Furthermore it appears that many professors and PhD students see the thesis as the work of a lifetime (a magnum opus). This can lead to delay in graduation and disappointment for PhD students who fail to make "big discoveries". Another point is that project propositions must compete with each other for funding and therefore sometimes finish up being over ambitious. The PhD student ends up shouldering the consequences; it is (before now) unusual for the professor to be mentioned in relation to the PhD student's unsuccessful completion of the thesis within the contract period. A delayed or unfinished project easily damages the scientific reputation which the PhD student has just started to build up and usually has negative consequences for the award of future grant proposals.

From qualitative research it appears that there is a significant lack of "process-control" and coaching of PhD students. Attention must be devoted to: the absence of contact with the supervisor, faulty project propositions, uninspiring and lonely working surroundings, the absence of an introduction into the organisation, disagreement about authorship as well as academic freedom, and intimidation by the supervisor. In the cases where there is a disagreement between student and professor it usually seems to be remarkably paradoxical. During a degree a student is taught to be a critical and independent scientist. However, if he or she adopts this attitude in his or her thesis research, a conflict can arise between professor and student. The promotor often sees the critical attitude of the PhD student as a personal attack, for example, because the PhD student would like to use a theory other than the one the promotor had in mind. It seems that in the case of a disagreement the student comes off worse due to the powerful and autonomous position of the professor.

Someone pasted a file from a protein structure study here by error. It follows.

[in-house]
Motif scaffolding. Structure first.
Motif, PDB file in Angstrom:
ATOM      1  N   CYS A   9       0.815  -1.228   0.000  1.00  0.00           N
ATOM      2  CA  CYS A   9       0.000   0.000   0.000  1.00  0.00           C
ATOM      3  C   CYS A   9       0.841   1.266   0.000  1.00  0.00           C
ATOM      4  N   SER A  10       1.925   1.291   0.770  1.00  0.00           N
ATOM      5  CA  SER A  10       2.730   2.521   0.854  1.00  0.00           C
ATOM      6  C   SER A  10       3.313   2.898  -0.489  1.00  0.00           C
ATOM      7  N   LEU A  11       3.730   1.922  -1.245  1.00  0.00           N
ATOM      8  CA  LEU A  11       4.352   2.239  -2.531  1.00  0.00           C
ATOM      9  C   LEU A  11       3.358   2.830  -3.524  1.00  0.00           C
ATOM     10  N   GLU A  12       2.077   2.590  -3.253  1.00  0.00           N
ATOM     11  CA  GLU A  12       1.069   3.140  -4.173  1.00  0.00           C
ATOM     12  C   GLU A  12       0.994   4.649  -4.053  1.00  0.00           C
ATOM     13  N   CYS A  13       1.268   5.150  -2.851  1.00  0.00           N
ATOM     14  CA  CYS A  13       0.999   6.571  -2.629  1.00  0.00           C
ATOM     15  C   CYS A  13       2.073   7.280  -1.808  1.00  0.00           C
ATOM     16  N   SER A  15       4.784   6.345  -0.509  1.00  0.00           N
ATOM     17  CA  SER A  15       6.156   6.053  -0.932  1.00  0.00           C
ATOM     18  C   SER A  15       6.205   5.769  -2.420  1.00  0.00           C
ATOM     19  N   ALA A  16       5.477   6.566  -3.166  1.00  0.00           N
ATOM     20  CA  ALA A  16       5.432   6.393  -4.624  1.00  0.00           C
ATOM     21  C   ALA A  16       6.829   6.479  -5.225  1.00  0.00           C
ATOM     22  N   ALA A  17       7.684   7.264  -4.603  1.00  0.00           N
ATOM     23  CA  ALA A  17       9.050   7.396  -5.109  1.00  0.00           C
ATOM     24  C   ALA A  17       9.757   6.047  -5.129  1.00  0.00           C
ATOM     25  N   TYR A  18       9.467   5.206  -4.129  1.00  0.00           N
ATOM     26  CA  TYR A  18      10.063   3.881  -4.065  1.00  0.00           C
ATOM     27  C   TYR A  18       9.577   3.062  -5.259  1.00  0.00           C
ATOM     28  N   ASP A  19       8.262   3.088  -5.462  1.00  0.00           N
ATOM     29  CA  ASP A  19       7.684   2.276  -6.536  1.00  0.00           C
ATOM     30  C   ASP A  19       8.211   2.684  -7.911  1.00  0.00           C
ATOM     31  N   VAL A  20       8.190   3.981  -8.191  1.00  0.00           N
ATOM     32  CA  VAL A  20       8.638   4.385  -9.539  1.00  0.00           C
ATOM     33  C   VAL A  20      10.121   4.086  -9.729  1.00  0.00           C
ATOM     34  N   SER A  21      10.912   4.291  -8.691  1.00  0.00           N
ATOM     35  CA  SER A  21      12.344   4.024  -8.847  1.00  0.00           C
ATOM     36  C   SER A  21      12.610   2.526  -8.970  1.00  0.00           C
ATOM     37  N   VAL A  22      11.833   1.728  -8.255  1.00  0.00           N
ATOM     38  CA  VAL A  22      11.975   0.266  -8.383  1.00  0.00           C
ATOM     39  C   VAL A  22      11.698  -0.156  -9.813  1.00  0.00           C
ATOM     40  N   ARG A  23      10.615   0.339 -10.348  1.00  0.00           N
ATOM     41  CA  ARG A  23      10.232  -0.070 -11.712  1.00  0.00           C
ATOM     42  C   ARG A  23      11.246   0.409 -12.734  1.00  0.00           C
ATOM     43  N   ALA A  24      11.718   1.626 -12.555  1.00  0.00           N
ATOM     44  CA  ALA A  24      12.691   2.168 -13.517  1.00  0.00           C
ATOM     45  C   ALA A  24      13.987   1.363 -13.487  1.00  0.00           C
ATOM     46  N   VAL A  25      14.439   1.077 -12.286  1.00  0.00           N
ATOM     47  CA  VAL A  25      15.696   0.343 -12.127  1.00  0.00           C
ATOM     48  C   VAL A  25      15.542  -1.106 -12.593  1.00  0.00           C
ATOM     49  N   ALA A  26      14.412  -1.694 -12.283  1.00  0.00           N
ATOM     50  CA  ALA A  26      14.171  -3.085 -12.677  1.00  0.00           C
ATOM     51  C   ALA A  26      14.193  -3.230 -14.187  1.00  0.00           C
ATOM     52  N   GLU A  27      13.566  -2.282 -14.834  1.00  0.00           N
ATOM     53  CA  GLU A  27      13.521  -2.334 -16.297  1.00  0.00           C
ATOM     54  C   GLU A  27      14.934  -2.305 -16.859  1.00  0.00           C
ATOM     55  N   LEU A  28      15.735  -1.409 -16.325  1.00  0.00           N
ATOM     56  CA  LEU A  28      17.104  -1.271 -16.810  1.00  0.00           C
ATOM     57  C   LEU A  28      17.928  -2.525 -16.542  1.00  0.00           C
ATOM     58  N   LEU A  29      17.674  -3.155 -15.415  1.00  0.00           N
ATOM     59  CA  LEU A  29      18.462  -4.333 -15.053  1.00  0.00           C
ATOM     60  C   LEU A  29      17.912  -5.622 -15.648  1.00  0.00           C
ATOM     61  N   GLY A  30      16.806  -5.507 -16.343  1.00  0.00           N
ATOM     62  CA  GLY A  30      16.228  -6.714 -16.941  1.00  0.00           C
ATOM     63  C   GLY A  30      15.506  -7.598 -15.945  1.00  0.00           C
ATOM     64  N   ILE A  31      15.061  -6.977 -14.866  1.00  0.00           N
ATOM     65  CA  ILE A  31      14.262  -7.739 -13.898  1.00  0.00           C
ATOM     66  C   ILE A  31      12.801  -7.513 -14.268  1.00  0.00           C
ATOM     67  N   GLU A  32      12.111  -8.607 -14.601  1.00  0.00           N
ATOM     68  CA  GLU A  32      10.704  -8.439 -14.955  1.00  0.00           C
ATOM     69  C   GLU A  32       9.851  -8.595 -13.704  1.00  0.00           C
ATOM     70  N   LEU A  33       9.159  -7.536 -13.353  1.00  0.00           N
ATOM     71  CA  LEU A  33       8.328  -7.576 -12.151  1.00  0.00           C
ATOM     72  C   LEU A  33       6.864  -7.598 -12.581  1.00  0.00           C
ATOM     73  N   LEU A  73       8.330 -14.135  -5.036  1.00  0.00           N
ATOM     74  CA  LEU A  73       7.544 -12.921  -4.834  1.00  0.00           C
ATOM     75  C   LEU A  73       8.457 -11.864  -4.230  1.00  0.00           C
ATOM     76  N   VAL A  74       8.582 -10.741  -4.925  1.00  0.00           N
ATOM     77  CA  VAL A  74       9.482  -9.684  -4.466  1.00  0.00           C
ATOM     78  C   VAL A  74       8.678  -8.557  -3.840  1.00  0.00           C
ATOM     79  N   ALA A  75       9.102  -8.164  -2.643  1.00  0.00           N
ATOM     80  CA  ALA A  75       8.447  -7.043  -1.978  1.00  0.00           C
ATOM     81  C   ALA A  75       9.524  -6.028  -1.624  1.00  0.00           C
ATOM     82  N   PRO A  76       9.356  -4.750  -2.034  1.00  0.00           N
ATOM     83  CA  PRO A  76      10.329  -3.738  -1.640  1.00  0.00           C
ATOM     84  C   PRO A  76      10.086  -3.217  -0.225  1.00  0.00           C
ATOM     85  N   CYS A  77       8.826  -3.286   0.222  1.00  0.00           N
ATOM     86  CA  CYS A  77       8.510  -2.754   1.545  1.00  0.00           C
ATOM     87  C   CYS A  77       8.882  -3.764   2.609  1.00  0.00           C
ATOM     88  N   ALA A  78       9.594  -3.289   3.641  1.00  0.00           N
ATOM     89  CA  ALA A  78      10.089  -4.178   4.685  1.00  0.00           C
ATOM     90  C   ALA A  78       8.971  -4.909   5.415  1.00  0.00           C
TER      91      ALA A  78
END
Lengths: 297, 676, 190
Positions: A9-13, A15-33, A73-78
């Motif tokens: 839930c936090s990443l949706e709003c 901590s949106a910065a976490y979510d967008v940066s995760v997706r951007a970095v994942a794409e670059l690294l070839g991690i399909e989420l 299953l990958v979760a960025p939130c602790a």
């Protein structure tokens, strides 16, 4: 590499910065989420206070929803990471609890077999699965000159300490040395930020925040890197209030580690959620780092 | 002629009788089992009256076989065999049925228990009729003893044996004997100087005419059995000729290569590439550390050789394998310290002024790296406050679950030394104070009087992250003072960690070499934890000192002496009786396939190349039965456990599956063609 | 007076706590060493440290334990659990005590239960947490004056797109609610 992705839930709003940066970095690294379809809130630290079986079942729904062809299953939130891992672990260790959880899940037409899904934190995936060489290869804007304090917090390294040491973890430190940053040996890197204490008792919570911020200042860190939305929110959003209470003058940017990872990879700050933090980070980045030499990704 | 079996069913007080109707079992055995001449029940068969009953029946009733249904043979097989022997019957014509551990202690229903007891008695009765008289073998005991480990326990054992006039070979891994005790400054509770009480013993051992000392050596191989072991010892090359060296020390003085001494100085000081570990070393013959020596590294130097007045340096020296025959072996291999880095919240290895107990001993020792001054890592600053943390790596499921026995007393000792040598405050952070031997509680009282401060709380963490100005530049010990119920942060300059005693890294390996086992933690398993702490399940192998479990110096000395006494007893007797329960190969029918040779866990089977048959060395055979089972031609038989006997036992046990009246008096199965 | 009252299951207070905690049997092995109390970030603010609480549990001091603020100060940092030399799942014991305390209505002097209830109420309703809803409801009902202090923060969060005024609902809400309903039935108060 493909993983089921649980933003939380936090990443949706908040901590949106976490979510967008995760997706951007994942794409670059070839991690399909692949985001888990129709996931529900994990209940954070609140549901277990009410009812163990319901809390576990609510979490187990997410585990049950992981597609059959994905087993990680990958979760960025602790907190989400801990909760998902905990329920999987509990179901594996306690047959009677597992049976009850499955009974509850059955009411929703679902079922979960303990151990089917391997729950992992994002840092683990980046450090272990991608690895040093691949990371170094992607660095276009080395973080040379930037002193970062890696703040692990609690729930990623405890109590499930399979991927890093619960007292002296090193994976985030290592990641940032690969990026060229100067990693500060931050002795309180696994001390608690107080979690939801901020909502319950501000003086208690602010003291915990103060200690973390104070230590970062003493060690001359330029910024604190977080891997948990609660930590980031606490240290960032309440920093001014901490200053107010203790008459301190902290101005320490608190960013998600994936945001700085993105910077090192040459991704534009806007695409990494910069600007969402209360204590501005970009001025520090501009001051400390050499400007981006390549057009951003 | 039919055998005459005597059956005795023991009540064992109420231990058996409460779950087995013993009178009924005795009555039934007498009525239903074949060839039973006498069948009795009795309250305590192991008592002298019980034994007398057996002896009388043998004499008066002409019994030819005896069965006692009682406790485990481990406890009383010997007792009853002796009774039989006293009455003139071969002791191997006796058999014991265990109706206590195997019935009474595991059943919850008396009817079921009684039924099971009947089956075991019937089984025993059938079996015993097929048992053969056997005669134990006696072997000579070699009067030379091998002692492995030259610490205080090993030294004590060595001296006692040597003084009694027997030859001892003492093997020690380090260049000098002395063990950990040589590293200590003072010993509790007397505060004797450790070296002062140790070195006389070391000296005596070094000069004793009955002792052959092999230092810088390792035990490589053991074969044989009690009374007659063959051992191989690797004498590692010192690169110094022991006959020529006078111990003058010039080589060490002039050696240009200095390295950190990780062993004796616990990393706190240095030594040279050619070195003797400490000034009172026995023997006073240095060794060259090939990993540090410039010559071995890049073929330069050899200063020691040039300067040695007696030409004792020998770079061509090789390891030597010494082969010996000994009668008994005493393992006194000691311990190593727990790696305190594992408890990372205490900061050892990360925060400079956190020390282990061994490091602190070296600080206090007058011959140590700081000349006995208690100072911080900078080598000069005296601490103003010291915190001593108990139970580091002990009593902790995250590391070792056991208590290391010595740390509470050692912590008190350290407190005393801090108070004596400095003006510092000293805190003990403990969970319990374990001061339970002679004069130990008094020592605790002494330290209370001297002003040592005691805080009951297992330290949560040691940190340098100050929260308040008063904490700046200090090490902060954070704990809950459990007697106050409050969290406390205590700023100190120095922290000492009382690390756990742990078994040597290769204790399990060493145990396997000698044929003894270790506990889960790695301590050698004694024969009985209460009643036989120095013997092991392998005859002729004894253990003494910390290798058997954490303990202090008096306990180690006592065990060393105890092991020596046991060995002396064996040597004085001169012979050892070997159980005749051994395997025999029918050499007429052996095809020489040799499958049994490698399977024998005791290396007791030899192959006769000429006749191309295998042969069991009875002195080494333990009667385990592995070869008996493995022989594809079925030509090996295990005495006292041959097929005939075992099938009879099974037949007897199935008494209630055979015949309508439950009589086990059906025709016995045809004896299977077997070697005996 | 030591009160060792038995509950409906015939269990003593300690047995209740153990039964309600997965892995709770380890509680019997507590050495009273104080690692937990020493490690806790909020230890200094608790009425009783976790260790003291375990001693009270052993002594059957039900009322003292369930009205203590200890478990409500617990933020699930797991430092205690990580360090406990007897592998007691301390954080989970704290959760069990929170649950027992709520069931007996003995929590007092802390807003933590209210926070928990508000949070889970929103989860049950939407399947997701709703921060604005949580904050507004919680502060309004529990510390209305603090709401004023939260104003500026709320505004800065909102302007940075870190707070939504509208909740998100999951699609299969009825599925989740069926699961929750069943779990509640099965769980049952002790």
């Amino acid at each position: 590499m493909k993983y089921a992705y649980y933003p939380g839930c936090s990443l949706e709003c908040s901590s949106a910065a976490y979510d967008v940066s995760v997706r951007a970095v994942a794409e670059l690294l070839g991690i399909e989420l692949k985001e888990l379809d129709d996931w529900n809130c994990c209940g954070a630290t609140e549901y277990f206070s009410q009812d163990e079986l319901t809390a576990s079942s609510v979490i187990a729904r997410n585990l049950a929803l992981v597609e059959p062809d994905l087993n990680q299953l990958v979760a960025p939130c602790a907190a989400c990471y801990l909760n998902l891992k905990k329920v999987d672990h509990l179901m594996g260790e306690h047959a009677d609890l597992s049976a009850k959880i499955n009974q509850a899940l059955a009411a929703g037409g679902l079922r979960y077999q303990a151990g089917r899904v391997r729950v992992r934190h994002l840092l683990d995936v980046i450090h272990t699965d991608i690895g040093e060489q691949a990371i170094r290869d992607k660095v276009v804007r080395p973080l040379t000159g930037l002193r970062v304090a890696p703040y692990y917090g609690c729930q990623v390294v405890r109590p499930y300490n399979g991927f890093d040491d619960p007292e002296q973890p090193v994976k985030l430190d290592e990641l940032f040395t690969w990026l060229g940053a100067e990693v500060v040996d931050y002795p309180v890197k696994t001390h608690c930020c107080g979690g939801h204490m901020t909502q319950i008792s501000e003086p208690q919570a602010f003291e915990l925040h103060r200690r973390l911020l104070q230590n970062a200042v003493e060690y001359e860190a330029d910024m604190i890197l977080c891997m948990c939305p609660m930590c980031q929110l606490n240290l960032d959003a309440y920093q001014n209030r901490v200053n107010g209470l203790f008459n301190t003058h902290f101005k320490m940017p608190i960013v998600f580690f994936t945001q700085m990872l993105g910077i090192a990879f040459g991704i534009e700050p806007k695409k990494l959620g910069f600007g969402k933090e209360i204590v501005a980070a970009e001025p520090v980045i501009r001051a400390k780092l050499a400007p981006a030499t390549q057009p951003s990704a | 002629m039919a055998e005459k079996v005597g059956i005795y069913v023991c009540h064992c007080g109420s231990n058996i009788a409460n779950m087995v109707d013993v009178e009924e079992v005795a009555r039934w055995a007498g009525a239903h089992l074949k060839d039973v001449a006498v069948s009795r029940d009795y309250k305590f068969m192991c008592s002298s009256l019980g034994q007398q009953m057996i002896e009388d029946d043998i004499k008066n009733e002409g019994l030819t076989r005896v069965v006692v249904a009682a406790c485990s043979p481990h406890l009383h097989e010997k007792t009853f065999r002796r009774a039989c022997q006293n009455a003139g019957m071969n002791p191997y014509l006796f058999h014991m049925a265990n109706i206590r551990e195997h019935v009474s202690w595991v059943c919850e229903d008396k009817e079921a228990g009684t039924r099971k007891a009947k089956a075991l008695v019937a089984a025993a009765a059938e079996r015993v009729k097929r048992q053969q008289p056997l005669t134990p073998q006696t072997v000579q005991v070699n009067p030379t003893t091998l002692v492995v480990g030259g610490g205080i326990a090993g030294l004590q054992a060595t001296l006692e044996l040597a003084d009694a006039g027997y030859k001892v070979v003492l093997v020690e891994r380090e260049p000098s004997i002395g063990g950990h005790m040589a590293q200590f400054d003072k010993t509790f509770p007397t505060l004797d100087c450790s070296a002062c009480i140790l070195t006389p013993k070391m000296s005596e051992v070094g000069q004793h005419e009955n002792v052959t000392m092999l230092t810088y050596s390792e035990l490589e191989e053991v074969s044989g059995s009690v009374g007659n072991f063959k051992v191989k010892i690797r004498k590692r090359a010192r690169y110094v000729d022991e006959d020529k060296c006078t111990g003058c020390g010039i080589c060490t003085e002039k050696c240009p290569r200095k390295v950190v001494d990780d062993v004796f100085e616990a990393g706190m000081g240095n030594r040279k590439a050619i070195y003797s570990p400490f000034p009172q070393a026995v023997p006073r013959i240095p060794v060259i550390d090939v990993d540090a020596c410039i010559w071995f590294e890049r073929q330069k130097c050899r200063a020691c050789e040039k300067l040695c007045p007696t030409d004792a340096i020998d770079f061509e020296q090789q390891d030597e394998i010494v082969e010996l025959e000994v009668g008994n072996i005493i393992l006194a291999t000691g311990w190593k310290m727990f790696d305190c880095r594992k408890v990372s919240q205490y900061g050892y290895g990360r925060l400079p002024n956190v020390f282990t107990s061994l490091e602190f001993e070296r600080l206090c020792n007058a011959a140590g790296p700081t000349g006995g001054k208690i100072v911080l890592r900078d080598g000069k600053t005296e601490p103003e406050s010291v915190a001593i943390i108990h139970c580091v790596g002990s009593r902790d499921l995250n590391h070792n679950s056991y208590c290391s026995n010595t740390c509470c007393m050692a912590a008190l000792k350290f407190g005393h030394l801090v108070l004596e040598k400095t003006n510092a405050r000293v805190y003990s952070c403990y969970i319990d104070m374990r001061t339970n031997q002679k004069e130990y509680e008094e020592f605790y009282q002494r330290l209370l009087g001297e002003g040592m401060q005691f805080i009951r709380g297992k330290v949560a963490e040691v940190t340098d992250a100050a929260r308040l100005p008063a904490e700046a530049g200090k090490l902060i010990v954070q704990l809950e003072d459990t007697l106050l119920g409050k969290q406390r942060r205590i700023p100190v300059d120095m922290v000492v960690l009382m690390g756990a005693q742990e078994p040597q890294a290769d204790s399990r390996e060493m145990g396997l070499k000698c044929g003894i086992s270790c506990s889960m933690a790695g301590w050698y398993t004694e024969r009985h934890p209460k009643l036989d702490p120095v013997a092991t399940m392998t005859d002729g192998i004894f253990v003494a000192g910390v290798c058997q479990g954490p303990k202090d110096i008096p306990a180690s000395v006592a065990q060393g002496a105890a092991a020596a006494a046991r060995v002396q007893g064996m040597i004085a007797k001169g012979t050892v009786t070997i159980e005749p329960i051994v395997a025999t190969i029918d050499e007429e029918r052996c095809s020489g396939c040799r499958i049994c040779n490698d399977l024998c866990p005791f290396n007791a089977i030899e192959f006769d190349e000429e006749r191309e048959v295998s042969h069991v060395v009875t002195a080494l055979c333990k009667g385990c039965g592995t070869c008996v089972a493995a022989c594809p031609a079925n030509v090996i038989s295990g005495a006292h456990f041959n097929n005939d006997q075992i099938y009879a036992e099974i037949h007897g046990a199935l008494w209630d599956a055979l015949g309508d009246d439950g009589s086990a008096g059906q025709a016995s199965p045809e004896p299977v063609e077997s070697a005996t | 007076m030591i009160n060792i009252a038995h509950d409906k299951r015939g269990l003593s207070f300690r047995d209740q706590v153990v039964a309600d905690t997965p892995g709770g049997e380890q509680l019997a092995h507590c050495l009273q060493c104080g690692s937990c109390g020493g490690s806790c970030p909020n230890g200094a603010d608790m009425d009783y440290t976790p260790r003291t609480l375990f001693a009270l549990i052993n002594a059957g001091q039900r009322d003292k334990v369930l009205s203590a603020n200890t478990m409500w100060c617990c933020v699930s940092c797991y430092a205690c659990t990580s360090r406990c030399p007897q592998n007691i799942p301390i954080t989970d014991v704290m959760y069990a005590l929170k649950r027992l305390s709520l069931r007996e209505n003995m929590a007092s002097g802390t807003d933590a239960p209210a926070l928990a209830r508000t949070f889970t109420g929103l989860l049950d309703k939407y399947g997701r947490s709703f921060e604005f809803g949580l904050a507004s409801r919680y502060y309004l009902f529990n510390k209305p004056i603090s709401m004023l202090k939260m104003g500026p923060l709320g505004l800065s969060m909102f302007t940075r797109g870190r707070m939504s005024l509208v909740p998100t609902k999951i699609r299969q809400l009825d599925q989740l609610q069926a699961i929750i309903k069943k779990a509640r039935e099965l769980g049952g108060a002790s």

Close analysis of cases and literature show that a number of concerned parties avoid responsibility when things go wrong in the supervision of a PhD student. The PhD student is in an isolated position and needs to find his or her own way through the bureaucratic maze. The professor, who is absent, remains undiscussed. This is due to the taboo between professors of talking about each others' supervision of PhD students. The powerful position of professors in combination with the passive attitude of faculty governors and members of the Board of Governors plays an important role. All respondents experienced the situation as extremely negative, and in the case of a few respondents poor supervision lead to psychosomatic complaints such as a nervous breakdown.

The report recommends that all the different parties should make an enormous effort which will eventually yield a substantial improvement in the situation. This will come about as a result of a cultural change whereby the university is not only seen as "a marginal phenomenon", a place to practice skills, but instead as an academic meeting place which offers a stimulating and pleasant working climate for everybody who works there. As a result of this cultural change, scientific productivity would also increase, which is an aim within itself.

More specifically one must look to the importance of human resource management, where adequate supervision of young scientists is seen as integral. For this to be realized, professors must be convinced (by colleagues and governors) of the need for improvement in the supervision of PhD students. Evaluation (by means of oral communication), an open communication climate, and coaching (for professors and PhD students) are crucial in attaining this aim.

Editor's Note:

On 25 February the report Nourish Talent! was presented to the Dutch Minister of Education and Sciences, Loek Hermans. In his appreciative reply, Hermans acknowledged the need for practical changes: "Mentoring must become better!" The minister announced that funds will be allocated for follow-up research on the PhD students' situation in 1 year's time. The PhD students' plan of a "Best University Award", where the quality of mentoring will have an important influence, will also be supported financially.

On 17 April LAIOO will hold a public debate about the report's findings and the given recommendations with PhD students and Members of the Dutch Parliament at the Free University Amsterdam. Next Wave will report about this event and keep you posted.

Are you a PhD student or a promotor? Have your say at our ongoing debate and visit our Forum.